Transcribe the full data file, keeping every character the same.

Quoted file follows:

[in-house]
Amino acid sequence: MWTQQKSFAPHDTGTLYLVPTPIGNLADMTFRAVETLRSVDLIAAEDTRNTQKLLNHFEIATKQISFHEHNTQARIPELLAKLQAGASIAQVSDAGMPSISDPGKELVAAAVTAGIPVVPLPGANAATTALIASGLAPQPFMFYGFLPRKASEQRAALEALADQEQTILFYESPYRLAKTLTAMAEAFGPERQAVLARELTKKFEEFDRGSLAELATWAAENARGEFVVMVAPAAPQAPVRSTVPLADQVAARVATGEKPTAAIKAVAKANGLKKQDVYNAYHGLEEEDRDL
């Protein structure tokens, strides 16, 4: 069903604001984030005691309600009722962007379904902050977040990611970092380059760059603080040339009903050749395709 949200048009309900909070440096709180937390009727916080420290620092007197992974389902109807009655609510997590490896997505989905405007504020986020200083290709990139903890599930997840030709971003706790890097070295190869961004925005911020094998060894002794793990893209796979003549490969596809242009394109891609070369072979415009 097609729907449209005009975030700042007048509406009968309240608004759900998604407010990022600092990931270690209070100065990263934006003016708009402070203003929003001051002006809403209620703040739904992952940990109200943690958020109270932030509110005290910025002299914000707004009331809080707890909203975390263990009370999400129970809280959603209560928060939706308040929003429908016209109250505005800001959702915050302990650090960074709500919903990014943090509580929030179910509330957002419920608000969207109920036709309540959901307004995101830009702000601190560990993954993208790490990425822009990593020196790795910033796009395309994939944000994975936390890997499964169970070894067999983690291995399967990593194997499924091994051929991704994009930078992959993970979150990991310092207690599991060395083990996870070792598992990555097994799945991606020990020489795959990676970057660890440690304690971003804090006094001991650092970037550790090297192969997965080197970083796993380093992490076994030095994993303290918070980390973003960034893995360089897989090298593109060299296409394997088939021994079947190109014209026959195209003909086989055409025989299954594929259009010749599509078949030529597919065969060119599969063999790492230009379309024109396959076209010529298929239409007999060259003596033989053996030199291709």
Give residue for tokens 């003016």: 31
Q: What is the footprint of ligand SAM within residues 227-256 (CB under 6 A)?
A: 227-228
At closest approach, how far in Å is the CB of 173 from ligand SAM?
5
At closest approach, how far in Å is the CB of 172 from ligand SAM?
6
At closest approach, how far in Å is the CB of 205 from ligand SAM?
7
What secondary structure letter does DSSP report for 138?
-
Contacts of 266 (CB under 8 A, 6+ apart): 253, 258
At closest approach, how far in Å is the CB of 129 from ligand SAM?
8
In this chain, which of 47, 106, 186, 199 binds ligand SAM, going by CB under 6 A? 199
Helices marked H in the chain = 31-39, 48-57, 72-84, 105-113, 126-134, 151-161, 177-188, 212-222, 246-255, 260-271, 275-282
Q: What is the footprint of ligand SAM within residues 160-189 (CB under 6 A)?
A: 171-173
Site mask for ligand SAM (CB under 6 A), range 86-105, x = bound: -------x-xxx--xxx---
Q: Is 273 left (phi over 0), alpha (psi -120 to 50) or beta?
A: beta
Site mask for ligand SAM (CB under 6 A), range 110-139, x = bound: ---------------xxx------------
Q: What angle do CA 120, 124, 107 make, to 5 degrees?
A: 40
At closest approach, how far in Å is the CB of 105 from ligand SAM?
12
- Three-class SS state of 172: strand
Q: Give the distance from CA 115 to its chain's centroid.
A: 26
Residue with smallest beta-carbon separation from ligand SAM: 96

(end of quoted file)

[in-house]
Amino acid sequence: MWTQQKSFAPHDTGTLYLVPTPIGNLADMTFRAVETLRSVDLIAAEDTRNTQKLLNHFEIATKQISFHEHNTQARIPELLAKLQAGASIAQVSDAGMPSISDPGKELVAAAVTAGIPVVPLPGANAATTALIASGLAPQPFMFYGFLPRKASEQRAALEALADQEQTILFYESPYRLAKTLTAMAEAFGPERQAVLARELTKKFEEFDRGSLAELATWAAENARGEFVVMVAPAAPQAPVRSTVPLADQVAARVATGEKPTAAIKAVAKANGLKKQDVYNAYHGLEEEDRDL
């Protein structure tokens, strides 16, 4: 069903604001984030005691309600009722962007379904902050977040990611970092380059760059603080040339009903050749395709 949200048009309900909070440096709180937390009727916080420290620092007197992974389902109807009655609510997590490896997505989905405007504020986020200083290709990139903890599930997840030709971003706790890097070295190869961004925005911020094998060894002794793990893209796979003549490969596809242009394109891609070369072979415009 097609729907449209005009975030700042007048509406009968309240608004759900998604407010990022600092990931270690209070100065990263934006003016708009402070203003929003001051002006809403209620703040739904992952940990109200943690958020109270932030509110005290910025002299914000707004009331809080707890909203975390263990009370999400129970809280959603209560928060939706308040929003429908016209109250505005800001959702915050302990650090960074709500919903990014943090509580929030179910509330957002419920608000969207109920036709309540959901307004995101830009702000601190560990993954993208790490990425822009990593020196790795910033796009395309994939944000994975936390890997499964169970070894067999983690291995399967990593194997499924091994051929991704994009930078992959993970979150990991310092207690599991060395083990996870070792598992990555097994799945991606020990020489795959990676970057660890440690304690971003804090006094001991650092970037550790090297192969997965080197970083796993380093992490076994030095994993303290918070980390973003960034893995360089897989090298593109060299296409394997088939021994079947190109014209026959195209003909086989055409025989299954594929259009010749599509078949030529597919065969060119599969063999790492230009379309024109396959076209010529298929239409007999060259003596033989053996030199291709």
Give residue for tokens 């003016």: 31
Q: What is the footprint of ligand SAM within residues 227-256 (CB under 6 A)?
A: 227-228
At closest approach, how far in Å is the CB of 173 from ligand SAM?
5
At closest approach, how far in Å is the CB of 172 from ligand SAM?
6
At closest approach, how far in Å is the CB of 205 from ligand SAM?
7
What secondary structure letter does DSSP report for 138?
-
Contacts of 266 (CB under 8 A, 6+ apart): 253, 258
At closest approach, how far in Å is the CB of 129 from ligand SAM?
8
In this chain, which of 47, 106, 186, 199 binds ligand SAM, going by CB under 6 A? 199
Helices marked H in the chain = 31-39, 48-57, 72-84, 105-113, 126-134, 151-161, 177-188, 212-222, 246-255, 260-271, 275-282
Q: What is the footprint of ligand SAM within residues 160-189 (CB under 6 A)?
A: 171-173
Site mask for ligand SAM (CB under 6 A), range 86-105, x = bound: -------x-xxx--xxx---
Q: Is 273 left (phi over 0), alpha (psi -120 to 50) or beta?
A: beta
Site mask for ligand SAM (CB under 6 A), range 110-139, x = bound: ---------------xxx------------
Q: What angle do CA 120, 124, 107 make, to 5 degrees?
A: 40
At closest approach, how far in Å is the CB of 105 from ligand SAM?
12
- Three-class SS state of 172: strand
Q: Give the distance from CA 115 to its chain's centroid.
A: 26
Residue with smallest beta-carbon separation from ligand SAM: 96